Cloud watching for beginners
July 25, 2016 8:55 AM   Subscribe

What is the best way to get into cloud identification as a hobby? I'm mainly interested in learning the vocabulary and how to talk about and describe clouds—not the satellite imaging / meteorology / weather predicting side.

Please don't just google 'cloud identification chart' and show me the results, I know there are lots out there but I found it overwhelming to try to take in all at once so I'm hoping for recommendations of resources or methods that slowly build knowledge or have some kind of game or structure to them to help you learn bit by bit or things that you have used personally and liked. Books, websites, apps, whatever — the end goal is to build necessary vocabulary in a fun, gradual way and to have something we can take with us on picnic type dates or quickly reference while lying in the hammock in our back yard.
posted by metaphorever to Science & Nature (10 answers total) 13 users marked this as a favorite
Best answer: I've been absolutely charmed and delighted by the book The Cloudspotter's Guide, written by the founder of the Cloud Appreciation Society. I've definitely been looking at the sky with new eyes since I started it - it's deeply educational, but in a fun and engaging way. It's the kind of book you hang on to for along time after finishing it, as there's always something to keep going back to.
posted by harujion at 9:21 AM on July 25, 2016 [10 favorites]

I have an older edition of this Audubon field guide, it's wonderful and has numerous full color plates. Easily portable and fascinating.
posted by Klaxon Aoooogah at 9:24 AM on July 25, 2016

Yes, one more vote for The Cloudspotter's Guide.
posted by Mister Bijou at 9:50 AM on July 25, 2016

Have you considered putting your hobby to work too? National Weather Service could use your help as a SKYWARN Storm Spotter. They'll train you too.

SKYWARN: Their classes and classes might have ended until next winter and spring but they might have online resources still available.
Cooperative Weather Observer and CWO and here too
posted by dlwr300 at 9:52 AM on July 25, 2016 [2 favorites]

for your more exotic clouds, a surprising resource is The Astronomy Picture of the least once or twice a month, they'll post a picture of a weird cloud formation here on earth, with a roll cloud or lenticular clouds or crepuscular rays, etc. (hitting 'search' and typing 'cloud' brought up like 1200 results...many are nebulae, but hey, space clouds are clouds too, they just last longer ;)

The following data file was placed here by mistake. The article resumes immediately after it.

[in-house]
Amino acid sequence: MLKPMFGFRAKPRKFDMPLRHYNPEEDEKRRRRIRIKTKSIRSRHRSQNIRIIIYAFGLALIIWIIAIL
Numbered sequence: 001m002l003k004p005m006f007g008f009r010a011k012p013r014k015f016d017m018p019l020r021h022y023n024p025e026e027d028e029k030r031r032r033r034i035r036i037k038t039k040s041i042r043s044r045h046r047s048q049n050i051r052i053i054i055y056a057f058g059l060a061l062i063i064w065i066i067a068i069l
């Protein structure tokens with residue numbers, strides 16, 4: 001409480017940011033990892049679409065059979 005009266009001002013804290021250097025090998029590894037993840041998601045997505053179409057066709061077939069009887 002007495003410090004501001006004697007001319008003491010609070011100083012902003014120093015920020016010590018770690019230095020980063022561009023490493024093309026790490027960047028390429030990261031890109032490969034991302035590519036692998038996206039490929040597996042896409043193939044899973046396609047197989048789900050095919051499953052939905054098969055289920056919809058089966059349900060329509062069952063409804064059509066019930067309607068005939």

posted by sexyrobot at 10:02 AM on July 25, 2016

I think the first step is to pay attention to the sky and the clouds every day. Look up when you walk out the door, pay attention to the weather forecast so you notice when they get it wrong and when they get it right. If you only pay attention to the clouds and the weather sporadically, then it's hard to see the larger patterns and harder to understand what particular clouds are telling you. But if you pay attention to the sky for a while and try and describe things using your own words, it will be easier to remember which clouds are which when you go back and look at reference materials, and easier to remember what different clouds mean when you've already started to notice some of the patterns.
posted by colfax at 10:07 AM on July 25, 2016 [1 favorite]

Join the Cloud Appreciation Society
posted by at at 11:28 AM on July 25, 2016 [2 favorites]

The only time I ever did this was when school made me. Specifically, 5th grade (I think?) science class. I vaguely remember that our science teacher introduced us to 4 or 5 major types of clouds (cumulus, cumulonimbus, etc), and then we talked about it for the next 2-4 weeks in class. We viewed a lot of slides and went outside and looked at the sky. So, not a recommendation per se, but maybe start with a kid's textbook from your local library?

FWIW, I felt like the "this cloud means 50% chance of rain in the next 1-2 days" part was pretty cool, even though it didn't make me want to get into meteorology.
posted by Phredward at 11:41 AM on July 25, 2016

Another vote for The Cloud Appreciation Society.
posted by WalkerWestridge at 1:11 PM on July 25, 2016

I third the recommendation of the Cloudspotter's Guide linked to above.
posted by tavegyl at 3:11 AM on July 26, 2016

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